Stories. We all love them. They give life to an otherwise mundane subject. A boring talk suddenly comes alive once the speaker begins to narrate a story. Stories have been one of the best tools to communicatelost sheep; the lost coin; the sower; the prodigal son. Yes, even our Lord Jesus had to rely on stories to communicate his message.
When we sit in the midst of an audience listening to a speaker we crave the stories embedded in the talk. The success stories of people who had applied the principles being taught and how we can learn from them. And the speakers know this. All books and classes on public speaking emphasize the need for stories. So, speakers never fail to deliver on them. But how many of us really desire the true story?
The true story is rarely told. The true story is not as enticing as the version we are told when we listen to the speakers. The true story. Yes, the true story usually has some elements of pain interwoven in it and many people don’t want to hear the true story. “Give me the baby.” They seem to say, “I don’t care about the labour pains.”
We are usually told that he dropped out of college and started his own company and a couple of years later he was very rich. We are not told that after he dropped out he remained on campus for the next eighteen months attending lectures he felt he needed. Not the ones the school said were required.
We are not told that because he dropped out of school he no longer had a dorm room so he slept on the floor in friends’ rooms. We are not told how he returned coke bottles for 50 cents deposits to buy food with and how he would walk 7 miles across town every Sunday night just to get a free good meal. No, we are not told the true story: the story behind the story.
They tell us how he dropped out after his sophomore year in Harvard to start his own software company and several years later he is the owner of a large corporation and also one of the richest men in the world. We are not told that as an eighth grader he was already doing real-time programming while his peers were still riding BMX bicycles. They never tell us how his parents always wondered why he found it hard to get up in the morning not knowing he was programming all night.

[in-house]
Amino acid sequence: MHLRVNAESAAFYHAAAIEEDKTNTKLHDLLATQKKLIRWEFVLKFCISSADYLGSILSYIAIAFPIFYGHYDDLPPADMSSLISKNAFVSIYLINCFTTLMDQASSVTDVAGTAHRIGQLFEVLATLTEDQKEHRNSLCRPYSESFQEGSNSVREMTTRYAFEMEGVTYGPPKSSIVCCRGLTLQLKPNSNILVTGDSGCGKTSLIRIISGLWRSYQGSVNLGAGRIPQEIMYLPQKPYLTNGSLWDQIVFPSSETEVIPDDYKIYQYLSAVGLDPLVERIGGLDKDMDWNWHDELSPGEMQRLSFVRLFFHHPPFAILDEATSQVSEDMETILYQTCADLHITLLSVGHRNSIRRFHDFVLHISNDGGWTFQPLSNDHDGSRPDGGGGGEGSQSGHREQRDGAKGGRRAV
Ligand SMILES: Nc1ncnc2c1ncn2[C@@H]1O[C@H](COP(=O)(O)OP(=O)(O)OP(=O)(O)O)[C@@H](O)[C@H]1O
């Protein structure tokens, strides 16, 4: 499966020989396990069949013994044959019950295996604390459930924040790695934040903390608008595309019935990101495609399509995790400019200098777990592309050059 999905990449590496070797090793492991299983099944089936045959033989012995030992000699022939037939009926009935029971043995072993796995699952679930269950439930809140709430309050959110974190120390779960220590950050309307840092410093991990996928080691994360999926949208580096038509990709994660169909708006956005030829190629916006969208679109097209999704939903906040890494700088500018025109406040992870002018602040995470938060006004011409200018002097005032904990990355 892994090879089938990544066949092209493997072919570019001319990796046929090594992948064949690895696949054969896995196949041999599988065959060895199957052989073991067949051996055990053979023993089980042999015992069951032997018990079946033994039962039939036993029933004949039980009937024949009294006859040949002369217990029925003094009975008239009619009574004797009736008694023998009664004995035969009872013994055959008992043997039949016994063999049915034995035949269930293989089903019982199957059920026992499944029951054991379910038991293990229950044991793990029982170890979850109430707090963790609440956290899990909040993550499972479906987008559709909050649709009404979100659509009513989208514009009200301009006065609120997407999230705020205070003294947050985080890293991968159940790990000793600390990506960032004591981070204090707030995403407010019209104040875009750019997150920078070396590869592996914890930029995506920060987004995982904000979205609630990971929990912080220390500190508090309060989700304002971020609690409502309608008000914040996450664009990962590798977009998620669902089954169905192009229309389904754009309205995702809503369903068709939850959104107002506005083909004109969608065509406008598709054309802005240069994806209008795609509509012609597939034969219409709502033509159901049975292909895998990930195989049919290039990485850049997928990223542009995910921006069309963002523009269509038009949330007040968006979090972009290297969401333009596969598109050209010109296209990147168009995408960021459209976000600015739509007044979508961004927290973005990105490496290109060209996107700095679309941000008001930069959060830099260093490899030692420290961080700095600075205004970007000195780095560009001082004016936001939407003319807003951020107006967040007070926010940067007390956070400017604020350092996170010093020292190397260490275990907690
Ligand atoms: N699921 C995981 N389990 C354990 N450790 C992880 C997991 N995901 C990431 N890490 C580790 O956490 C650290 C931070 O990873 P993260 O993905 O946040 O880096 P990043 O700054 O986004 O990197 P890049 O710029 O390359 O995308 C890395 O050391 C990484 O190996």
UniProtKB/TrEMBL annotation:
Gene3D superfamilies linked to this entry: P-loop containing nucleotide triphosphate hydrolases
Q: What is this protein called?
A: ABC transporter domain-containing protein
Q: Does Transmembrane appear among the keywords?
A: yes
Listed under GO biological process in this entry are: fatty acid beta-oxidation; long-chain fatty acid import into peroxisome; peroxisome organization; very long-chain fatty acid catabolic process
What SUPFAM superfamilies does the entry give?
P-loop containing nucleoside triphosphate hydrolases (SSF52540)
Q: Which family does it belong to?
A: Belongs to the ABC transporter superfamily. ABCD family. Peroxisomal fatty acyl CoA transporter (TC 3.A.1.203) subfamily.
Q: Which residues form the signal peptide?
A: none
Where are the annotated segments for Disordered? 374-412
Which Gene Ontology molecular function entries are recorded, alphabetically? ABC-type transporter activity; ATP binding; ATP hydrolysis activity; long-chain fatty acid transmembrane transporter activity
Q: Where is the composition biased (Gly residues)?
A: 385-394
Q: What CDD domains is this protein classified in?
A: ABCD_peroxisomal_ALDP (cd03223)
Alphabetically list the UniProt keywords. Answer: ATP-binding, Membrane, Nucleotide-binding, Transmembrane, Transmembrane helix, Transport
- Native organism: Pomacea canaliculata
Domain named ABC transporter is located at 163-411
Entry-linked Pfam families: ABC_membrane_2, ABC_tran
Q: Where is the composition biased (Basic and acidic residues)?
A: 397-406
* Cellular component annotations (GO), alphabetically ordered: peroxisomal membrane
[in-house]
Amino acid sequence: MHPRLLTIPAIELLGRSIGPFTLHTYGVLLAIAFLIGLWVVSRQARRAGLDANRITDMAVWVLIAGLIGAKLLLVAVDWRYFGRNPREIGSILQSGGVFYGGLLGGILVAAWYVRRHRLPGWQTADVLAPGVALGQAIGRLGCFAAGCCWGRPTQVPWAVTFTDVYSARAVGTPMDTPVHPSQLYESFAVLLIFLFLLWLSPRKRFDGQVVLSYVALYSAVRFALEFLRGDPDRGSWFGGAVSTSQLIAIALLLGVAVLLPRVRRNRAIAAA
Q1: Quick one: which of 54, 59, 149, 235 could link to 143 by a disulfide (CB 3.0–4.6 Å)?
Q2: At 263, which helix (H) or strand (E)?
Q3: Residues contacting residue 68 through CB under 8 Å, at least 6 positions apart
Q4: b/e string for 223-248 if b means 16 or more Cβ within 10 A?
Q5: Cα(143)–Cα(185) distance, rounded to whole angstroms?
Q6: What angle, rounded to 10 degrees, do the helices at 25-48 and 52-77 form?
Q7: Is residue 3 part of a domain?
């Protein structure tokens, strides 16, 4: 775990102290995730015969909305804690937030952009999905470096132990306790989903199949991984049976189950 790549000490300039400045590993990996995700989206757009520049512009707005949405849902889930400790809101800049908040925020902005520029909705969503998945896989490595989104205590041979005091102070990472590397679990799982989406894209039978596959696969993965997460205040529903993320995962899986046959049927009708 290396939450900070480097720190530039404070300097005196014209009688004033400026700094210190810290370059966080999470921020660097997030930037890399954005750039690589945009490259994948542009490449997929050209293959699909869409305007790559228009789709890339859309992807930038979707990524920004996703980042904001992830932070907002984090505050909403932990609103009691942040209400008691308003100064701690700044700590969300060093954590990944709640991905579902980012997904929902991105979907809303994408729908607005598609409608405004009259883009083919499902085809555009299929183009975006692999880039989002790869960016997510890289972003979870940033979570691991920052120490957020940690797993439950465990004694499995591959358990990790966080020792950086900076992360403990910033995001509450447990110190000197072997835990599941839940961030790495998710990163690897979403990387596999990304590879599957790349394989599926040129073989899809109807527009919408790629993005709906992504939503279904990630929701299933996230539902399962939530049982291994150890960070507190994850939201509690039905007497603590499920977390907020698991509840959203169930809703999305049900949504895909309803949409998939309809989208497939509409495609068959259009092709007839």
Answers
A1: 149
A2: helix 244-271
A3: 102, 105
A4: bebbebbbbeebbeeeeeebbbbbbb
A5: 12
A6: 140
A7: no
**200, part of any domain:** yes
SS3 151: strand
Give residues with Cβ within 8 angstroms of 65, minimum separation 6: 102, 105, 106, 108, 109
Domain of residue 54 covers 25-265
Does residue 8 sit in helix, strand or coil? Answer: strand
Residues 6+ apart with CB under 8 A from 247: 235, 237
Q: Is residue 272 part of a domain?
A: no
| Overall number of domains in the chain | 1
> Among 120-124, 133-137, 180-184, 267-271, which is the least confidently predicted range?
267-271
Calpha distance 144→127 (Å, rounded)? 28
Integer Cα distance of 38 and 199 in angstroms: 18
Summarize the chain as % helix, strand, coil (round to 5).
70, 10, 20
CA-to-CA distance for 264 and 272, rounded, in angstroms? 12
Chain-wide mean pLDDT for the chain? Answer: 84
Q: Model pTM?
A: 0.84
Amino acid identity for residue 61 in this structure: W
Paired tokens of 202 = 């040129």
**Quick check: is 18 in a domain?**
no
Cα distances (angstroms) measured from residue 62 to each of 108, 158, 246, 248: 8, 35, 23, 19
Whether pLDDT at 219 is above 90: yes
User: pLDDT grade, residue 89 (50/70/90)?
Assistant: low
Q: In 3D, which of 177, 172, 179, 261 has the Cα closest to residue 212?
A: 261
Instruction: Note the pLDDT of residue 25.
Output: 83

We are not told that by the time he was in his sophomore year in Harvard he had been programming practically non-stop for the past seven years. He had logged in over 10,000 hours of practice in programming. A record only attained by the best of the best. There was virtually nothing his professors could teach him anymore.
I believe the reason we are not told the true story is not because there is one big conspiracy theory not to let the cat out of the bag. I believe it is because most folks are looking for instant successes so the true story will not really go down well with them. They just love the headlines –Harvard Drop-out Becomes a Multi-Millionaire.
No one suddenly rises in the world, not even the sun. Output answers to input. The world was designed that way. It is true that they dropped out of school but school never dropped out of them. They worked hard, they grew, and they risked a lot. Then they worked hard some more, grew some more, and risked a lot more. As long as we are in the realm of time and space, seed time and harvest shall not cease. No seed, no harvest.
I believe in luck. I know a lot of people say they don’t but I do. Evidences abound that there is an element called luck. It just so happened that when the list was being called, they started from the bottom. Ask me why? I don’t know. It’s just luck. However, luck is not reliable. It is not reliable because it is not predictable. But history has taught us again and again that those who live by principles stand a far greater chance to arrive at their preconceived destinations.
When you don’t know the true story you cannot replicate the result because something will always be missing.
If you really want to make a difference, you’ve got to be interested in the boring details. You’ve got to discipline yourself to be interested in the those details that most people don’t want to hear about. So the next time that speaker climbs up stage and gives you the 30 seconds version of how he moved from A to Z, ask him what happened between B and Y. Ask him to tell you the true story.
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